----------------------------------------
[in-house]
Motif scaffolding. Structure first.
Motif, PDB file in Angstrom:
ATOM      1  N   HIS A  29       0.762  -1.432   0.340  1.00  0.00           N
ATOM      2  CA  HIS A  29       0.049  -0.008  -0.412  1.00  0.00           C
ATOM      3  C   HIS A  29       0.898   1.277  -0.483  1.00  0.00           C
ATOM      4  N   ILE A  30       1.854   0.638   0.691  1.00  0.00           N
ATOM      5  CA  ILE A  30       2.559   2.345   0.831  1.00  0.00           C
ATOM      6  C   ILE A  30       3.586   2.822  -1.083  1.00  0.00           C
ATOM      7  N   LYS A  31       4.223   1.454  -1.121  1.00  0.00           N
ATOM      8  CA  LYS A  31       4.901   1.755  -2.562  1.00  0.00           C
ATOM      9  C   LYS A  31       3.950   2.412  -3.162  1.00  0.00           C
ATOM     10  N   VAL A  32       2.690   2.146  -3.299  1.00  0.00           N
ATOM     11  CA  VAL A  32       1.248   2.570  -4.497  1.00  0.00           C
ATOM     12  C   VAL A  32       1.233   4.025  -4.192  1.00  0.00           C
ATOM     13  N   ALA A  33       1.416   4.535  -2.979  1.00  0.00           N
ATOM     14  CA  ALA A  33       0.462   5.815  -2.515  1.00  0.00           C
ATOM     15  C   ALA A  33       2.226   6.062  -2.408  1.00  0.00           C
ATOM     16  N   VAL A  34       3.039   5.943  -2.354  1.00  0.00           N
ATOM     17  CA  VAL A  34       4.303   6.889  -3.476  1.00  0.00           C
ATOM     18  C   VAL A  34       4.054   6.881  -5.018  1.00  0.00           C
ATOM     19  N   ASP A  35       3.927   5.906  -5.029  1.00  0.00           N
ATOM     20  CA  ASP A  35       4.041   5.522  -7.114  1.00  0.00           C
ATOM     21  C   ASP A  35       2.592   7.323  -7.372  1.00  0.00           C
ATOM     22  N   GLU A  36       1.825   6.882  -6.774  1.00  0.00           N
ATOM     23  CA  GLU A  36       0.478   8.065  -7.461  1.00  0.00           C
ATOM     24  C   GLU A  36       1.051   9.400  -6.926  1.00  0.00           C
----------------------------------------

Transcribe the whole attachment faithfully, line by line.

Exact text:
[in-house]
Motif scaffolding. Structure first.
Motif, PDB file in Angstrom:
ATOM      1  N   HIS A  29       0.762  -1.432   0.340  1.00  0.00           N
ATOM      2  CA  HIS A  29       0.049  -0.008  -0.412  1.00  0.00           C
ATOM      3  C   HIS A  29       0.898   1.277  -0.483  1.00  0.00           C
ATOM      4  N   ILE A  30       1.854   0.638   0.691  1.00  0.00           N
ATOM      5  CA  ILE A  30       2.559   2.345   0.831  1.00  0.00           C
ATOM      6  C   ILE A  30       3.586   2.822  -1.083  1.00  0.00           C
ATOM      7  N   LYS A  31       4.223   1.454  -1.121  1.00  0.00           N
ATOM      8  CA  LYS A  31       4.901   1.755  -2.562  1.00  0.00           C
ATOM      9  C   LYS A  31       3.950   2.412  -3.162  1.00  0.00           C
ATOM     10  N   VAL A  32       2.690   2.146  -3.299  1.00  0.00           N
ATOM     11  CA  VAL A  32       1.248   2.570  -4.497  1.00  0.00           C
ATOM     12  C   VAL A  32       1.233   4.025  -4.192  1.00  0.00           C
ATOM     13  N   ALA A  33       1.416   4.535  -2.979  1.00  0.00           N
ATOM     14  CA  ALA A  33       0.462   5.815  -2.515  1.00  0.00           C
ATOM     15  C   ALA A  33       2.226   6.062  -2.408  1.00  0.00           C
ATOM     16  N   VAL A  34       3.039   5.943  -2.354  1.00  0.00           N
ATOM     17  CA  VAL A  34       4.303   6.889  -3.476  1.00  0.00           C
ATOM     18  C   VAL A  34       4.054   6.881  -5.018  1.00  0.00           C
ATOM     19  N   ASP A  35       3.927   5.906  -5.029  1.00  0.00           N
ATOM     20  CA  ASP A  35       4.041   5.522  -7.114  1.00  0.00           C
ATOM     21  C   ASP A  35       2.592   7.323  -7.372  1.00  0.00           C
ATOM     22  N   GLU A  36       1.825   6.882  -6.774  1.00  0.00           N
ATOM     23  CA  GLU A  36       0.478   8.065  -7.461  1.00  0.00           C
ATOM     24  C   GLU A  36       1.051   9.400  -6.926  1.00  0.00           C